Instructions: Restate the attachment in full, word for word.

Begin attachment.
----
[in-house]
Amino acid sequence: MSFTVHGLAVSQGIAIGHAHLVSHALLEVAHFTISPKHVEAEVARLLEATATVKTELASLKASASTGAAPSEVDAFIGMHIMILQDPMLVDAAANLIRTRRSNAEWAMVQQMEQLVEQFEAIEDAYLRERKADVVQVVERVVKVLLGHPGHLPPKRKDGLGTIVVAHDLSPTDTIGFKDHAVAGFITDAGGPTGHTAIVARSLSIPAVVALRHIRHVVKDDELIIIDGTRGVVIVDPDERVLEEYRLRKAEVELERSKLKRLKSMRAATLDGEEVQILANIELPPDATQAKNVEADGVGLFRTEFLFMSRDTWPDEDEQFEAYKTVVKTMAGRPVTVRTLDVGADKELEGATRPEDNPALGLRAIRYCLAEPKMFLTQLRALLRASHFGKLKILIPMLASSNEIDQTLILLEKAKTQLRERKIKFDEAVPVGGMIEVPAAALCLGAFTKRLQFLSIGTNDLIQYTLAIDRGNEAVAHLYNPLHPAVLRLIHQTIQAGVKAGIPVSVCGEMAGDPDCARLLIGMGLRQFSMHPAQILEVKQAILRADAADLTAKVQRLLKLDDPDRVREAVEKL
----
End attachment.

[in-house]
Amino acid sequence: MSFTVHGLAVSQGIAIGHAHLVSHALLEVAHFTISPKHVEAEVARLLEATATVKTELASLKASASTGAAPSEVDAFIGMHIMILQDPMLVDAAANLIRTRRSNAEWAMVQQMEQLVEQFEAIEDAYLRERKADVVQVVERVVKVLLGHPGHLPPKRKDGLGTIVVAHDLSPTDTIGFKDHAVAGFITDAGGPTGHTAIVARSLSIPAVVALRHIRHVVKDDELIIIDGTRGVVIVDPDERVLEEYRLRKAEVELERSKLKRLKSMRAATLDGEEVQILANIELPPDATQAKNVEADGVGLFRTEFLFMSRDTWPDEDEQFEAYKTVVKTMAGRPVTVRTLDVGADKELEGATRPEDNPALGLRAIRYCLAEPKMFLTQLRALLRASHFGKLKILIPMLASSNEIDQTLILLEKAKTQLRERKIKFDEAVPVGGMIEVPAAALCLGAFTKRLQFLSIGTNDLIQYTLAIDRGNEAVAHLYNPLHPAVLRLIHQTIQAGVKAGIPVSVCGEMAGDPDCARLLIGMGLRQFSMHPAQILEVKQAILRADAADLTAKVQRLLKLDDPDRVREAVEKL